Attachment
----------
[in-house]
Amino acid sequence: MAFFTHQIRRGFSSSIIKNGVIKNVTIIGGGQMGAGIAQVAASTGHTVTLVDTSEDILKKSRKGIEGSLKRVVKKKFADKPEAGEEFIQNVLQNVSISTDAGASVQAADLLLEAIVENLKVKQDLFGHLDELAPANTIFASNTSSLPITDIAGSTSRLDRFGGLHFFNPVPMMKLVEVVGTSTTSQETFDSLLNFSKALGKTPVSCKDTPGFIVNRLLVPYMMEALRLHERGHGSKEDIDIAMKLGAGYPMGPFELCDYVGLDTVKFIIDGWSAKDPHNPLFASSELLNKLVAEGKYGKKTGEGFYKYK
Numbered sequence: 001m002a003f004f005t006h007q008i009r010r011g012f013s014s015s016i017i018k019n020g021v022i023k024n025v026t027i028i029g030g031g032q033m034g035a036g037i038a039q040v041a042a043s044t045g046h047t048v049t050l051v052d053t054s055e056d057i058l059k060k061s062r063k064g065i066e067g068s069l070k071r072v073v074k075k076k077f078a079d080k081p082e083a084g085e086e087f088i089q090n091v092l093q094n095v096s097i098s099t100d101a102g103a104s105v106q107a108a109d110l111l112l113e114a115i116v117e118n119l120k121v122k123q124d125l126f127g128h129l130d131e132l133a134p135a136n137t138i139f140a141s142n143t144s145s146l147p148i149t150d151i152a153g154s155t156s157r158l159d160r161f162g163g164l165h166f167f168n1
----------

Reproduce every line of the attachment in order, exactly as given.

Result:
[in-house]
Amino acid sequence: MAFFTHQIRRGFSSSIIKNGVIKNVTIIGGGQMGAGIAQVAASTGHTVTLVDTSEDILKKSRKGIEGSLKRVVKKKFADKPEAGEEFIQNVLQNVSISTDAGASVQAADLLLEAIVENLKVKQDLFGHLDELAPANTIFASNTSSLPITDIAGSTSRLDRFGGLHFFNPVPMMKLVEVVGTSTTSQETFDSLLNFSKALGKTPVSCKDTPGFIVNRLLVPYMMEALRLHERGHGSKEDIDIAMKLGAGYPMGPFELCDYVGLDTVKFIIDGWSAKDPHNPLFASSELLNKLVAEGKYGKKTGEGFYKYK
Numbered sequence: 001m002a003f004f005t006h007q008i009r010r011g012f013s014s015s016i017i018k019n020g021v022i023k024n025v026t027i028i029g030g031g032q033m034g035a036g037i038a039q040v041a042a043s044t045g046h047t048v049t050l051v052d053t054s055e056d057i058l059k060k061s062r063k064g065i066e067g068s069l070k071r072v073v074k075k076k077f078a079d080k081p082e083a084g085e086e087f088i089q090n091v092l093q094n095v096s097i098s099t100d101a102g103a104s105v106q107a108a109d110l111l112l113e114a115i116v117e118n119l120k121v122k123q124d125l126f127g128h129l130d131e132l133a134p135a136n137t138i139f140a141s142n143t144s145s146l147p148i149t150d151i152a153g154s155t156s157r158l159d160r161f162g163g164l165h166f167f168n1